Case in point 1: Maintaining communication and manufacturing during COVID-19
Toray Plastics is a leading manufacturer of synthetic fibers and textiles, carbon fibers, plastics, chemicals, pharmaceuticals and high-performance films. The company responded to COVID-19 pandemic work protocols by initially cutting the daily office capacity to 50% before reducing this number further. Afterwards, working from home a few days a week became the new normal.
However, Toray’s team discovered performing data analytics from home was no different than being on site thanks to the ease of a self-service analytics solution. Process experts could add process context items to get more information into the hands of colleagues working remotely (Figure 2 and Figure 3). And sharing data trends was extremely helpful in allowing those on site to dive deeper into troubleshooting and to report back to the plant manager.
The self-service analytics’ capability to send alerts also helped keep communication links solid between all stakeholders, both on and off site. If the plant manager could not brief everyone about a certain process behavior, he could set a monitor to send out alerts to the relevant personnel if such a situation developed in the future. With self-service analytics, pandemic work protocols and the transition to working remotely was made considerably easier.
Case in point 2: Diverting serious process issues with automated alerts
While at home one day, a production engineer with global specialty chemical company Kuraray received an email alert about a potential process issue. He drove to the plant and asked his team if they were taking corrective action for the upcoming process issue. They were surprised to see him and wondered how he knew there was an issue. He told them about the email alert from their self-service industrial analytics software that was monitoring their plant’s operations. From the alert, he knew exactly what the critical process problem was. With process monitors and alerts in place, the team was able to take preventive action to avoid a more serious incident.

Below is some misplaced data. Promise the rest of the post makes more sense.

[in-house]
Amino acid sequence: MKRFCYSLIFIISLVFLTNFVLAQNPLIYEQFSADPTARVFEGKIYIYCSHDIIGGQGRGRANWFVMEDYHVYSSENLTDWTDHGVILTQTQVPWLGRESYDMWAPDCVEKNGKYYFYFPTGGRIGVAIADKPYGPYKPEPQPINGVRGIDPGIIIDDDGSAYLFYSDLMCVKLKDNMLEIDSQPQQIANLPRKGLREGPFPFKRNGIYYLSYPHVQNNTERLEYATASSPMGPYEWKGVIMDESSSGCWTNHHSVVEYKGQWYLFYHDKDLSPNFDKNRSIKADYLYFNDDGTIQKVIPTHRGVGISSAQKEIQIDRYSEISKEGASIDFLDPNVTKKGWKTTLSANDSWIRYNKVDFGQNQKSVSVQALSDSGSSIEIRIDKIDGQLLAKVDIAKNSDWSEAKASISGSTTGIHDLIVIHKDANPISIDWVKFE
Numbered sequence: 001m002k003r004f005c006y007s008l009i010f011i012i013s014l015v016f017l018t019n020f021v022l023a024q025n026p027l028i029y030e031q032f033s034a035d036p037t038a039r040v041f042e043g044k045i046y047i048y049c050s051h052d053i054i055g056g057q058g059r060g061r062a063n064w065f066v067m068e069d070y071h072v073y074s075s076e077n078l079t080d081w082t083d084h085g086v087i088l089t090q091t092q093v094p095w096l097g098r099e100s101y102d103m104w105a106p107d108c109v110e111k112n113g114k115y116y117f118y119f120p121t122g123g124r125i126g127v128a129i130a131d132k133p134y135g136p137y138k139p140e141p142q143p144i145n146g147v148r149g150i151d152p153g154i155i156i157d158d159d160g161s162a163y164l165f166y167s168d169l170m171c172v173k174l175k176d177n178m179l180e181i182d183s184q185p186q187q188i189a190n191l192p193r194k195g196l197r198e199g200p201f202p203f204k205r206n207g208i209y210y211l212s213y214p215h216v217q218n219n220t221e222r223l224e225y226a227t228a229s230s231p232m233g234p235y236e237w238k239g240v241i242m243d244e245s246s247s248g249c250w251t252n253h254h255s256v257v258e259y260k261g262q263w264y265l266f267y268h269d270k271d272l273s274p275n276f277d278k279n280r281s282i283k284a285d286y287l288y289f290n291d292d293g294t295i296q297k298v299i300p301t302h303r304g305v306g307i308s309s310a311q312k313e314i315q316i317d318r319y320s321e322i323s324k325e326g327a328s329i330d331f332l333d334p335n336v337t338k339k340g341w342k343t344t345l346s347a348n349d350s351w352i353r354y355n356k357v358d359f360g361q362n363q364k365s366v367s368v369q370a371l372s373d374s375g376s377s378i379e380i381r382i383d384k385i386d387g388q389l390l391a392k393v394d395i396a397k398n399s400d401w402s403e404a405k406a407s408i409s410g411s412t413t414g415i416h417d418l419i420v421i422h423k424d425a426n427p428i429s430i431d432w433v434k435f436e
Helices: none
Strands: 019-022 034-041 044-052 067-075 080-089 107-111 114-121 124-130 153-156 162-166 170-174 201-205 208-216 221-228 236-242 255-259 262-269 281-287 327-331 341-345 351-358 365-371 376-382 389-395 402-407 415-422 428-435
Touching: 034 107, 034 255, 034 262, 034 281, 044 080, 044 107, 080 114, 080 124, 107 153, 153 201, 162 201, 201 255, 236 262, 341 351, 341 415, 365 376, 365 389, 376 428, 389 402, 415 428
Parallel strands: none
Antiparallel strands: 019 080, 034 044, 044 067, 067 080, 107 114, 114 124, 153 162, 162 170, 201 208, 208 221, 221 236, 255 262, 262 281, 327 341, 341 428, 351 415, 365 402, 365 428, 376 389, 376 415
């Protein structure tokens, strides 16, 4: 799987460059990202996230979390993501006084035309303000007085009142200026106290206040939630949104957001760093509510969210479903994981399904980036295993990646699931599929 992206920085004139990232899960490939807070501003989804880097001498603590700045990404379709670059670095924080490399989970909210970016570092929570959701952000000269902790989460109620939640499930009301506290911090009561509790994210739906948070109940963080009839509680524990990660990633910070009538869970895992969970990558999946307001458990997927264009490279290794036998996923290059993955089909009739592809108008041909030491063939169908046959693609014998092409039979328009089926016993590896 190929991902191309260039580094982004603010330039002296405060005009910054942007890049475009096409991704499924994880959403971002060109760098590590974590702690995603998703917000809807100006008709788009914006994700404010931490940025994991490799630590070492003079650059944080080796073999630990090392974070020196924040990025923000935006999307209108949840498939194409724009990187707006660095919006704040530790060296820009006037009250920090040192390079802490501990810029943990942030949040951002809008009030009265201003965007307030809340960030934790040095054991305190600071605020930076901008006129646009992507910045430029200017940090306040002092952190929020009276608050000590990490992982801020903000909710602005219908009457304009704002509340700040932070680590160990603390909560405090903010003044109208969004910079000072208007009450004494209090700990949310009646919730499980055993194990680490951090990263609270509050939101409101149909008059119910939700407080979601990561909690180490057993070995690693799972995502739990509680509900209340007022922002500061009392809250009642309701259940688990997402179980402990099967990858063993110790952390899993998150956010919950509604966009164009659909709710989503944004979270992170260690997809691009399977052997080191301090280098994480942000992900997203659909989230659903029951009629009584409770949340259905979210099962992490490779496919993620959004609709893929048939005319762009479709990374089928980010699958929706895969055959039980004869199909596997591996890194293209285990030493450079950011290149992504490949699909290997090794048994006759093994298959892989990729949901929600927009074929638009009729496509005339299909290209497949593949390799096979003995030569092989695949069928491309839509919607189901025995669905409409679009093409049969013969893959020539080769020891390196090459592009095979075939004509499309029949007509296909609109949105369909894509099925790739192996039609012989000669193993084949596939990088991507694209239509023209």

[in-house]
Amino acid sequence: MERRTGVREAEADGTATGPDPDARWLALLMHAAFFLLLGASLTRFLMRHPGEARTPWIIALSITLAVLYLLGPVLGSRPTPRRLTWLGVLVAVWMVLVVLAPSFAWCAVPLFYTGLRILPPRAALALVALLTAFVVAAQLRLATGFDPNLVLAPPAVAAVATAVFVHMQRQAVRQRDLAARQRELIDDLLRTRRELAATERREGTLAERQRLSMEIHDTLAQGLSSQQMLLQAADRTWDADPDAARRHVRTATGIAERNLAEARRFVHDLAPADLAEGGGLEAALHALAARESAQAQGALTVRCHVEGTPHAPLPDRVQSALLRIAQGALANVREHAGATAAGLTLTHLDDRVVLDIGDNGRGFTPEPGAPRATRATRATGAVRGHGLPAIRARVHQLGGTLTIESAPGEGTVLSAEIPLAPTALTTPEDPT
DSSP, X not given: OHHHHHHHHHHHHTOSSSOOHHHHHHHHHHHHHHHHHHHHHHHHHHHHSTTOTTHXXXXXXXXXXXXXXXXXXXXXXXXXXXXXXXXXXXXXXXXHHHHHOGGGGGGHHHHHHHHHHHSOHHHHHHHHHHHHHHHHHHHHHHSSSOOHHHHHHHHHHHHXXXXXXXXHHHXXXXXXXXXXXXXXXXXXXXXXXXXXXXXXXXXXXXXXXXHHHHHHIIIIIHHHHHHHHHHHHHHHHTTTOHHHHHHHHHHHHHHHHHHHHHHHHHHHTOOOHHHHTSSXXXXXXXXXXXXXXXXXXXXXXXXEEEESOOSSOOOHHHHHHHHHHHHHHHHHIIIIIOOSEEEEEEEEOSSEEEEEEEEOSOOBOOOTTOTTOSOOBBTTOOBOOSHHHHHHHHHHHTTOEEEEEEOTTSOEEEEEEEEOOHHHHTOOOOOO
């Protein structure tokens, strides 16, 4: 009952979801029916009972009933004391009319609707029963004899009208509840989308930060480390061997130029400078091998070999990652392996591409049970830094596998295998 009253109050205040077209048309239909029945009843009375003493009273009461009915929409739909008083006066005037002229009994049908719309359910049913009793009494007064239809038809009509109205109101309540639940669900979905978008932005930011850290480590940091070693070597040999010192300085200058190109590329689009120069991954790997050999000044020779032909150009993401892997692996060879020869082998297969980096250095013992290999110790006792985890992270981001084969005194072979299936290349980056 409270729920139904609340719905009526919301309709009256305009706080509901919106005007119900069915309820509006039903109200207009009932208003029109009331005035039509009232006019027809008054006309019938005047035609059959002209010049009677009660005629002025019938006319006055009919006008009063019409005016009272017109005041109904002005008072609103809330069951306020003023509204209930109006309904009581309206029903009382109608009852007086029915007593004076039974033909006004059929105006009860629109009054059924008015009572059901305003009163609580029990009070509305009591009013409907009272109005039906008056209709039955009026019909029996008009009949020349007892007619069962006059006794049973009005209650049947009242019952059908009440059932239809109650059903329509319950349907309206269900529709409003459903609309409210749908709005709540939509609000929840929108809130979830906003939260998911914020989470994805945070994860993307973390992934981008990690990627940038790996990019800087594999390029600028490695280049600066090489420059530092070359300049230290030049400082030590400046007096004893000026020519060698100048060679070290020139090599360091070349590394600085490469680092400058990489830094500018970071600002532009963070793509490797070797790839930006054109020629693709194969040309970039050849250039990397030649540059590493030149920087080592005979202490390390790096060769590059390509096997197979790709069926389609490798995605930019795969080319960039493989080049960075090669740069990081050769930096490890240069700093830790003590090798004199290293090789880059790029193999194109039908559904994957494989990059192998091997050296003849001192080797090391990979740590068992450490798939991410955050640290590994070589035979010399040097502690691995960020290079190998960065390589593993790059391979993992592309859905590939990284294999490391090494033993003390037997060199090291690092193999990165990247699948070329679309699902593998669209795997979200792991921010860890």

Alarms are essential in notifying personnel and keeping the plant safe and stable, but not each part of the process has a hard alarm. As a result, issues can be missed by operations, which can lead to costly incidents, disrupting the plant’s ability to deliver a quality product. Self-service industrial analytics can communicate critical process issues to operators and engineers through soft alarms and by sending emails about specific, vital processes to defined groups. As in this Kuraray case, the alert saved 30 hours of unscheduled time of labor and production (Figure 4).
Self-service analytics monitors industrial production and proves indispensable in providing back-up for your team and providing crucial communication of process information. For example, if a distillation column is flooding, causing the differential pressure to rise, a new board operator might not be able to detect that. To cover this potential miss, process experts can set automatic alerts to be promptly informed, so they can reach out to operations to fix the problem before it becomes more significant. This type of communication allows for a faster response from the critical teams in your plants.
Self-service industrial analytics goes beyond the analytics and allows for effective communication and knowledge-sharing on both a local and global level. Automated alerts can increase production efficiency and responses to plant upsets becomes faster, helping to prevent safety and environmental incidents. Additionally, informational silos can be eliminated when process experts can add process contextual information and share their information across all of their organizational levels. Ultimately, keeping plant communication and information-sharing solid is crucial to plant optimization, resulting in smart industrial manufacturing.
Nick Petrosyan is a chemical engineer whose passion is solving problems through collaboration and data-driven decision-making. As a customer success manager at TrendMiner, he draws on his extensive experience in manufacturing and data analytics to lead customers through use case resolution. He holds a Bachelor of Science in chemical engineering from the University at Buffalo.